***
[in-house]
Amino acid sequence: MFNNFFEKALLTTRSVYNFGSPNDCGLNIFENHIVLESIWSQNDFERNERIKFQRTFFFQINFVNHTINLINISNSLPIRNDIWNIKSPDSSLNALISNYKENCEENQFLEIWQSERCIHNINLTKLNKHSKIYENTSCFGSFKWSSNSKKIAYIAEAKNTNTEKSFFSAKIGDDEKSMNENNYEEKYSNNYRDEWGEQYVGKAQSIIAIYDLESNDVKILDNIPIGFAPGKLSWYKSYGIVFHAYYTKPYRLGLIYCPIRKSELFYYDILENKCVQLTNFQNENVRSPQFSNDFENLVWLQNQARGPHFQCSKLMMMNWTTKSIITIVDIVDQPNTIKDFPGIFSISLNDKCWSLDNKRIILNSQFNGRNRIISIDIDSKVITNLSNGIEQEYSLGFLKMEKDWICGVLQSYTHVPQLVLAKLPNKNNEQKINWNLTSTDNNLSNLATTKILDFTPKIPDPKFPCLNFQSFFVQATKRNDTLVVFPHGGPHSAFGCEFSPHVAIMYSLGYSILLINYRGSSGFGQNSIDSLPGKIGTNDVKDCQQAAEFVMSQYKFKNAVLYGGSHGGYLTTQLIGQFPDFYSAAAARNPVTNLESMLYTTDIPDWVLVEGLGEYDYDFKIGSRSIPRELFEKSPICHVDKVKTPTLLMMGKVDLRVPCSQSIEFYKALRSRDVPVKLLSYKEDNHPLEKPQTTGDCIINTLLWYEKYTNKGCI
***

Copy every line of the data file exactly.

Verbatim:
[in-house]
Amino acid sequence: MFNNFFEKALLTTRSVYNFGSPNDCGLNIFENHIVLESIWSQNDFERNERIKFQRTFFFQINFVNHTINLINISNSLPIRNDIWNIKSPDSSLNALISNYKENCEENQFLEIWQSERCIHNINLTKLNKHSKIYENTSCFGSFKWSSNSKKIAYIAEAKNTNTEKSFFSAKIGDDEKSMNENNYEEKYSNNYRDEWGEQYVGKAQSIIAIYDLESNDVKILDNIPIGFAPGKLSWYKSYGIVFHAYYTKPYRLGLIYCPIRKSELFYYDILENKCVQLTNFQNENVRSPQFSNDFENLVWLQNQARGPHFQCSKLMMMNWTTKSIITIVDIVDQPNTIKDFPGIFSISLNDKCWSLDNKRIILNSQFNGRNRIISIDIDSKVITNLSNGIEQEYSLGFLKMEKDWICGVLQSYTHVPQLVLAKLPNKNNEQKINWNLTSTDNNLSNLATTKILDFTPKIPDPKFPCLNFQSFFVQATKRNDTLVVFPHGGPHSAFGCEFSPHVAIMYSLGYSILLINYRGSSGFGQNSIDSLPGKIGTNDVKDCQQAAEFVMSQYKFKNAVLYGGSHGGYLTTQLIGQFPDFYSAAAARNPVTNLESMLYTTDIPDWVLVEGLGEYDYDFKIGSRSIPRELFEKSPICHVDKVKTPTLLMMGKVDLRVPCSQSIEFYKALRSRDVPVKLLSYKEDNHPLEKPQTTGDCIINTLLWYEKYTNKGCI